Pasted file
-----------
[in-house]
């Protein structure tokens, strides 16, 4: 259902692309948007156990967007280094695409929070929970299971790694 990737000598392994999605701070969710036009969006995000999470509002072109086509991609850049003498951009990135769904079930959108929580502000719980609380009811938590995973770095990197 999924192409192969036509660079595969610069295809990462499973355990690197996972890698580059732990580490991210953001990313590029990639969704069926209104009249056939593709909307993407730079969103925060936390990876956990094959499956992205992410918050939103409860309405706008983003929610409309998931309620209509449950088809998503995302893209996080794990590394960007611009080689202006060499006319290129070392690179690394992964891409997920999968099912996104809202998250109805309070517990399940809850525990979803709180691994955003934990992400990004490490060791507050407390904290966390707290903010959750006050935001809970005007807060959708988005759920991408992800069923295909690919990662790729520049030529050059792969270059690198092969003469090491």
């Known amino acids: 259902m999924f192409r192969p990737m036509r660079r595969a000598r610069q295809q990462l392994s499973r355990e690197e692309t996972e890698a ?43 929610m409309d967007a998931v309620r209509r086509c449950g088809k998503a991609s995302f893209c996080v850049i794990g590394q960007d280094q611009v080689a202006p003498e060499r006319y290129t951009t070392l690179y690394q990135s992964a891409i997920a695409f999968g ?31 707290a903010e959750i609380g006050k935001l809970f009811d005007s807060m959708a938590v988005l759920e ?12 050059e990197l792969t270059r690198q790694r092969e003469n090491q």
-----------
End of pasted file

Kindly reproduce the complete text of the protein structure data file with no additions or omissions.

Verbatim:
[in-house]
């Protein structure tokens, strides 16, 4: 259902692309948007156990967007280094695409929070929970299971790694 990737000598392994999605701070969710036009969006995000999470509002072109086509991609850049003498951009990135769904079930959108929580502000719980609380009811938590995973770095990197 999924192409192969036509660079595969610069295809990462499973355990690197996972890698580059732990580490991210953001990313590029990639969704069926209104009249056939593709909307993407730079969103925060936390990876956990094959499956992205992410918050939103409860309405706008983003929610409309998931309620209509449950088809998503995302893209996080794990590394960007611009080689202006060499006319290129070392690179690394992964891409997920999968099912996104809202998250109805309070517990399940809850525990979803709180691994955003934990992400990004490490060791507050407390904290966390707290903010959750006050935001809970005007807060959708988005759920991408992800069923295909690919990662790729520049030529050059792969270059690198092969003469090491």
């Known amino acids: 259902m999924f192409r192969p990737m036509r660079r595969a000598r610069q295809q990462l392994s499973r355990e690197e692309t996972e890698a ?43 929610m409309d967007a998931v309620r209509r086509c449950g088809k998503a991609s995302f893209c996080v850049i794990g590394q960007d280094q611009v080689a202006p003498e060499r006319y290129t951009t070392l690179y690394q990135s992964a891409i997920a695409f999968g ?31 707290a903010e959750i609380g006050k935001l809970f009811d005007s807060m959708a938590v988005l759920e ?12 050059e990197l792969t270059r690198q790694r092969e003469n090491q």